After Stuxnet, a rush to find bugs in industrial systems

Researchers found hundreds of SCADA bugs in just a few months

Kevin Finisterre isn't the type of person you expect to see in a nuclear power plant. With a beach ball-sized Afro, aviator sunglasses and a self-described "swagger," he looks more like Clarence Williams from the '70s TV show "The Mod Squad" than an electrical engineer.

But people like Finisterre, who don't fit the traditional mold of buttoned-down engineer, are playing an increasingly important role in the effort to lock down the machines that run the world's major industrial systems. Finisterre is a white-hat hacker. He prods and probes computer systems, not to break into them, but to uncover important vulnerabilities. He then sells his expertise to companies that want to improve their security.

[ Also on InfoWorld: Stuxnet attack more effective than bombs. | InfoWorld's Roger Grimes said Stuxnet marks the start of the next security arms race. | Master your security with InfoWorld's interactive Security iGuide. | Stay up to date on the latest security developments with InfoWorld's Security Central newsletter. ]

Two years ago, Finisterre, founder of security testing company Digital Munition, found himself swapping emails with a staffer at Idaho National Laboratory's Control Systems Security Program, a project funded by the U.S. Department of Homeland Security that is the first line of defense against a cyber attack on the nation's critical infrastructure.

Finisterre caught the attention of INL in 2008, when he released attack code that exploited a bug in the CitectSCADA software used to run industrial control environments. He'd heard about the INL program, which helps prepare vendors and plant operators for attacks on their systems, and he thought he'd drop them a line to find out how good they really were.

He was not impressed.

Is INL already working with the hacker community? Finisterre wanted to know. He received an off-putting response. The term "hacker" denotes a person of a "dubious or criminal nature" who would "not be hireable by a national laboratory," an INL staffer told him via email.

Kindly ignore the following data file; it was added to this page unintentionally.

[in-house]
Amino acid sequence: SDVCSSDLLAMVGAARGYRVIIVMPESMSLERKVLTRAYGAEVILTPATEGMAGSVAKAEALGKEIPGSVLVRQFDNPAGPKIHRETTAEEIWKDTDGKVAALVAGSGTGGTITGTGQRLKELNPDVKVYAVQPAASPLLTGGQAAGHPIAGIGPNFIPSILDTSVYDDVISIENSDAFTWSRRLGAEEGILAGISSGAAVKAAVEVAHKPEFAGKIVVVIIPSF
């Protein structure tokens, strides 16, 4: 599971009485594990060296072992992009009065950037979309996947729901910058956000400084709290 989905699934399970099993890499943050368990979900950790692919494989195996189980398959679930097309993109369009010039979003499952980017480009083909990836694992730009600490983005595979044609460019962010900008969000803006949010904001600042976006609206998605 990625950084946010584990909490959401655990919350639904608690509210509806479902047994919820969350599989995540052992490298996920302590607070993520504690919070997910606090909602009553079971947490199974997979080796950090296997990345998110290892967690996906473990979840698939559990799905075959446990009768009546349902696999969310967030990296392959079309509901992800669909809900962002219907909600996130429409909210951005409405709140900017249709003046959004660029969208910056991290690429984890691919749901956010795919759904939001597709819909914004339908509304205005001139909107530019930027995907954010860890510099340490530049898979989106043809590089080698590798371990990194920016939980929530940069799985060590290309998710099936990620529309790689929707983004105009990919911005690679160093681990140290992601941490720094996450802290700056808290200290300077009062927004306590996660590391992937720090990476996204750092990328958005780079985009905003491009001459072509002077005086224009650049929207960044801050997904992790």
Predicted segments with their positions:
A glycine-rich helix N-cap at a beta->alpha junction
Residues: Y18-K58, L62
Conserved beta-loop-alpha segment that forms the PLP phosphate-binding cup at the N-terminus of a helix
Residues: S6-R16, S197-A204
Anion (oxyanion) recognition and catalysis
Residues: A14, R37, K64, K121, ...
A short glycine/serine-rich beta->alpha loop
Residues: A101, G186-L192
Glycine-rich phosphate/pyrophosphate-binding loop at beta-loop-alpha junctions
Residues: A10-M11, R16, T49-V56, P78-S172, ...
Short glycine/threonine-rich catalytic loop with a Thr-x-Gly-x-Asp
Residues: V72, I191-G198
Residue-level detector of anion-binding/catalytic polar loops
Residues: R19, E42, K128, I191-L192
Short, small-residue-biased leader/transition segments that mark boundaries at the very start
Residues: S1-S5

"He basically lectured me about how INL doesn't interact with hackers and I should be very careful throwing that word around," Finisterre recalled. "I was like, 'Dude, I really hope you're joking, because you're supposed to be at the forefront of the research on this."

Call it an early skirmish in a culture clash between two worlds: the independent security researchers accustomed to dealing with tech firms such as Microsoft and Adobe, who have learned to embrace the hacker ethos, and the more conservative companies that develop and test industrial control systems, who often act like they wish these white-hat hackers would go away.

Earlier this year, Dillon Beresford, a security researcher at the consultancy NSSLabs, found a number of flaws in Siemens' programmable logic controllers. He had no complaints about the U.S. Department of Homeland Security's Industrial Control Systems cyber Emergency Response Team, run out of INL. But he said Siemens did a disservice to its customers by downplaying the issues he'd uncovered. "I'm not pleased with their response," Beresford said earlier this year. "They didn't provide enough information to the public."